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Generations of Discovery & Resilience on Barossa Grounds - The Winemaking History

OCT 30, 2018 BY CHARLOTTE MAXWELL visibility3


If you could showcase the history, evolution and revolution of the famous Australian wines, there’s no better pick than the stunning Barossa Valley for an Adelaide day tour, the land of six-generations of grape-growing families and home to Australia’s collection of oldest vines dating back to the 1840s!

The legacy began with a European touch. But unlike other Australian wine industries, it wasn’t the British but the German settlers who transformed the barren land to the country’s most beautiful vineyards.

German Lutherans, from the province of Silesia first came to Barossa around 1840s to work for the London banker and merchant George Fife Angas. As the largest land owner of Barossa back then with 11,300 hectares, Angas needed workers exactly at the time when Lutherans were fighting religious persecution in their homeland. Escapism brought them ‘Down Under’ and valleys started turning to patches of grapelands.

Hearing the tales of Angas, Samuel Smith, a brewer from Wareham sailed to Australia with his family. He met his role model there who offered him the job of a gardener on his land. Understanding that the soil quality and mesoclimate here are perfect for vine production, Smith bought 30 acres of land from Angas. Then he raised the first vineyard of Barossa in 1849, still persisting as ‘Yalumba Family Vignerons’!

The success story of Smith invited many vintners from Europe to Barossa. Soon enough the transverse valleys became a hub of winemakers. Authentic varieties quickly won over the world's wine lovers, from wine writers and sommeliers to wine geeks and novices. This augered the start of a 'golden era' for the Barossa Valley wineries and for Australian wines.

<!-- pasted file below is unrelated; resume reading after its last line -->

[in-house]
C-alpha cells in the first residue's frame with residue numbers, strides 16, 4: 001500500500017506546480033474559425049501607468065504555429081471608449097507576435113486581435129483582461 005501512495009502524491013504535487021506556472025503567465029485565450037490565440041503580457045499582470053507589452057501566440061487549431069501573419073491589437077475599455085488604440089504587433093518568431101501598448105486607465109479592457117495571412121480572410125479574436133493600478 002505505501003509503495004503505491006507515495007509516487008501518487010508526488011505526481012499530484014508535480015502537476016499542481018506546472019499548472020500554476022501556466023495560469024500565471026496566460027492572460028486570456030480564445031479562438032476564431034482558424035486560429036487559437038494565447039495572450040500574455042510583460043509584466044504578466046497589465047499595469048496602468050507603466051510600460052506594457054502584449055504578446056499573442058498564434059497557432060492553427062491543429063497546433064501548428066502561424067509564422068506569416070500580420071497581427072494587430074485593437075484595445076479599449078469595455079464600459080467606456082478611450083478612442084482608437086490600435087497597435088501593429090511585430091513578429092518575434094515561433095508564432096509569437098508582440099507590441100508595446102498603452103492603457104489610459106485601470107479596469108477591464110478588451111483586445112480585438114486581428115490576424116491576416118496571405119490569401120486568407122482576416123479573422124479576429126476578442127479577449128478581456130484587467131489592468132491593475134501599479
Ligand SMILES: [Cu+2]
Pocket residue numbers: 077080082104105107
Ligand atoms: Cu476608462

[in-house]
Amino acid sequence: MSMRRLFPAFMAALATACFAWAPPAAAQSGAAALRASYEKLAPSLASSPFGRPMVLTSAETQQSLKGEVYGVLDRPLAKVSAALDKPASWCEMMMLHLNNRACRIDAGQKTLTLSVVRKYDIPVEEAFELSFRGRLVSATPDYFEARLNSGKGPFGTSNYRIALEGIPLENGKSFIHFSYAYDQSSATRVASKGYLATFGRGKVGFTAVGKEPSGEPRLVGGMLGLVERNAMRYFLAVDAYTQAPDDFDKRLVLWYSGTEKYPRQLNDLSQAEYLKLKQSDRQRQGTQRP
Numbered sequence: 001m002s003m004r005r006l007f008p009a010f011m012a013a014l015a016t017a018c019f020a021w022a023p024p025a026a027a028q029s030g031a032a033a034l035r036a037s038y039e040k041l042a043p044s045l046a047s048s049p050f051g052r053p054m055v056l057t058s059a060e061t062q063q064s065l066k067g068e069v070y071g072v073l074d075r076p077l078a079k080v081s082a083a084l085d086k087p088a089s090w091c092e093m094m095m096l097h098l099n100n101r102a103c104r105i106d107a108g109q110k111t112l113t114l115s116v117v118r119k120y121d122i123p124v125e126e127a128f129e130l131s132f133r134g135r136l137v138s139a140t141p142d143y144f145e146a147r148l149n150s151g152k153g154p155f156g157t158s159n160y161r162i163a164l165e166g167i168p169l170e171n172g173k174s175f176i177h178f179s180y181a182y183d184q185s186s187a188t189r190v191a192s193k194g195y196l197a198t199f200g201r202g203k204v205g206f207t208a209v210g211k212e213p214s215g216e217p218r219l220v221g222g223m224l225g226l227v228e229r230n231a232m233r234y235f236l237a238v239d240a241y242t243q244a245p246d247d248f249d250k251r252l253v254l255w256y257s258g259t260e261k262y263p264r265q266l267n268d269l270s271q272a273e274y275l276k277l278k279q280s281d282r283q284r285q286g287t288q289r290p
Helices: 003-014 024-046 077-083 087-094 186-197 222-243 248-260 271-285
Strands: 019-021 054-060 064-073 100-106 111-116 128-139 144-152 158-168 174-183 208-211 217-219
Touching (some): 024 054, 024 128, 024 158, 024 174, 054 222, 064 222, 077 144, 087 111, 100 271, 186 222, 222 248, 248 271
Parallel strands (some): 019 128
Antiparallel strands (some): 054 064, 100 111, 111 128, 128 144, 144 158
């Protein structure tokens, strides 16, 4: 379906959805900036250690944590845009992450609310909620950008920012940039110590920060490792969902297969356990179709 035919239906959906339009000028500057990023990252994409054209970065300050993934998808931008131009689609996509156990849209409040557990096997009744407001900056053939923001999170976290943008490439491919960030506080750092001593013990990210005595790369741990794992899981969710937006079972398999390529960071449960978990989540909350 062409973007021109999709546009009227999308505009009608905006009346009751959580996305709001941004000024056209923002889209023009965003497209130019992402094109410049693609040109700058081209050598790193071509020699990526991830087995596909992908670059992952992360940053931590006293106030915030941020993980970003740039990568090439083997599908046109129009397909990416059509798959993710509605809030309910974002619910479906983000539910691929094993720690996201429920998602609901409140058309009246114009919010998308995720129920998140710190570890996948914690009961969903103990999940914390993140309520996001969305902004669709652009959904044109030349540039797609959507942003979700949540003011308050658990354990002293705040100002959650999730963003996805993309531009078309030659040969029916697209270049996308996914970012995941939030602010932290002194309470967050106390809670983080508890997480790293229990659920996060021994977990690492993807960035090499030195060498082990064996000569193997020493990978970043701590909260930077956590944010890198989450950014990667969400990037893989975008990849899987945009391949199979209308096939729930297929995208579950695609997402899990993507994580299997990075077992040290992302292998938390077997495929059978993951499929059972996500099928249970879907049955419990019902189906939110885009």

The early focus was on the production of Riesling, a German wine grape from Rhineland which was gradually ushered to many red grape wine varieties like Shiraz and Grenache. This was also the time when Cabernet Sauvignon varieties conquered premium wine markets around the world and Australian Shiraz considered to be ‘common’ collapsed in business. As a result, Barossa Valley disappeared from the labels of global market.

Revolution outbroke in the 1980s when several boutique families specializing in Shiraz wines captured international attention with a new mix of a full-bodied red wine with rich chocolate and spice notes. This led to a renaissance which catapulted the region to the forefront of wine labels again!

Fast-forwarding to the late 1990’s and early 2000’s, intense, concentrated and heavily naked wines became the fashion of Barossa. Vintners experimented on new breeds of grape growing and winemaking styles. Organic and biodynamic farming, earlier picking dates, whole bunch fermentation, extended skin contact, fermentation in amphorae and minimal intervention winemaking became some of the innovations that wine enthusiasts around the world started admiring.

As wine production expanded, chefs around the world came here to combine their recipes with these wines, changing the perception of food-wine combo. Today, home to over 550 wine grape growers and 170 wineries, Barossa Valley is one of the most famed wine regions in the world with wines as old as 100-150 years including the ones from 1840’s.

Not just production, Barossa Valley also tops as one of the most popular destinations for wine tasting and sightseeing in Adelaide with views of scenic vineyards and rolling hills. So have you made a trip to Barossa yet?

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